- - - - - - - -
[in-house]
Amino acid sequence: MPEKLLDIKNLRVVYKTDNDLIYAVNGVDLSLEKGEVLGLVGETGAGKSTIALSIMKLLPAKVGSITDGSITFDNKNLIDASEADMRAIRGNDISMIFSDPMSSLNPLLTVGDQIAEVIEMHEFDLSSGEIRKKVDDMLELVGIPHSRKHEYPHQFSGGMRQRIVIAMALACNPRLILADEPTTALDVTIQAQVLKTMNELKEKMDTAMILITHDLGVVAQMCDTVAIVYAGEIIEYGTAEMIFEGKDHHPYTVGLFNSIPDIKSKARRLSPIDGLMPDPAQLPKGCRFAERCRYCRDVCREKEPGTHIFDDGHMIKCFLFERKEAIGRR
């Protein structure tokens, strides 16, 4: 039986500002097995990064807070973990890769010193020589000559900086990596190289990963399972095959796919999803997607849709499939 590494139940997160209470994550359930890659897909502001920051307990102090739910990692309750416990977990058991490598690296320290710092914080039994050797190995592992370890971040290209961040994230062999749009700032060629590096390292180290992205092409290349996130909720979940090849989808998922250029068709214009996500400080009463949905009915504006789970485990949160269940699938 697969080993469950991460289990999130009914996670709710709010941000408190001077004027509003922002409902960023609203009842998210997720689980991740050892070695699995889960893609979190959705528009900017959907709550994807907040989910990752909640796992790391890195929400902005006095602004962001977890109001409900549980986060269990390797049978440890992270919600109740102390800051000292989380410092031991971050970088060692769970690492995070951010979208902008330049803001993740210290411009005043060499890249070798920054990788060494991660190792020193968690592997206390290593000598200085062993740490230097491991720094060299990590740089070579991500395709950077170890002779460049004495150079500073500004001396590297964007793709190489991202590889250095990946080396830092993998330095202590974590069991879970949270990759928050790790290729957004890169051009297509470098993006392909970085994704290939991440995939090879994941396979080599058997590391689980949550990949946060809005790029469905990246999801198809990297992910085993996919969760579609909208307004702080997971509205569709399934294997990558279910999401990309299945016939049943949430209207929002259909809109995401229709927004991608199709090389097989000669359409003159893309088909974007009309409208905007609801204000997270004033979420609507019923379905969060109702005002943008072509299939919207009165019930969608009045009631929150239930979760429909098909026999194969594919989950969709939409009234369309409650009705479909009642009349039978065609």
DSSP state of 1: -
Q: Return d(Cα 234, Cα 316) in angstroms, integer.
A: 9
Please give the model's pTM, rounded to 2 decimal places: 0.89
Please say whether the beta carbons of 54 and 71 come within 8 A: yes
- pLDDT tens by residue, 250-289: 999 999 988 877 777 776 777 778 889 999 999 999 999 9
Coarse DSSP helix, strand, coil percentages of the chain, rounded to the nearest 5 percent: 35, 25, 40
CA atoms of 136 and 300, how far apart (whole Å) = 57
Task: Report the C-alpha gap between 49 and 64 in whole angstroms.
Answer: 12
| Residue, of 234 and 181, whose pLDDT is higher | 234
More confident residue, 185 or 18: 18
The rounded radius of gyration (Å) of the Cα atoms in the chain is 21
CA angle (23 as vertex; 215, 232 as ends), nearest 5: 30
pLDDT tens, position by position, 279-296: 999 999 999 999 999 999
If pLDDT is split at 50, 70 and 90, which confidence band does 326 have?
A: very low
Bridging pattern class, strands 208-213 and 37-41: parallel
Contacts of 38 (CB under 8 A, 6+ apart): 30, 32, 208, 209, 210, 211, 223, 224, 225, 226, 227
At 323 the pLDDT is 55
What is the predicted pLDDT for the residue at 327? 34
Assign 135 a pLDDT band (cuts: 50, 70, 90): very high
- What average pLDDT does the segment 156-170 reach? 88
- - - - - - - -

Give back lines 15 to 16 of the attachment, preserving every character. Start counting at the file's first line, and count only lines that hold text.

More confident residue, 185 or 18: 18
The rounded radius of gyration (Å) of the Cα atoms in the chain is 21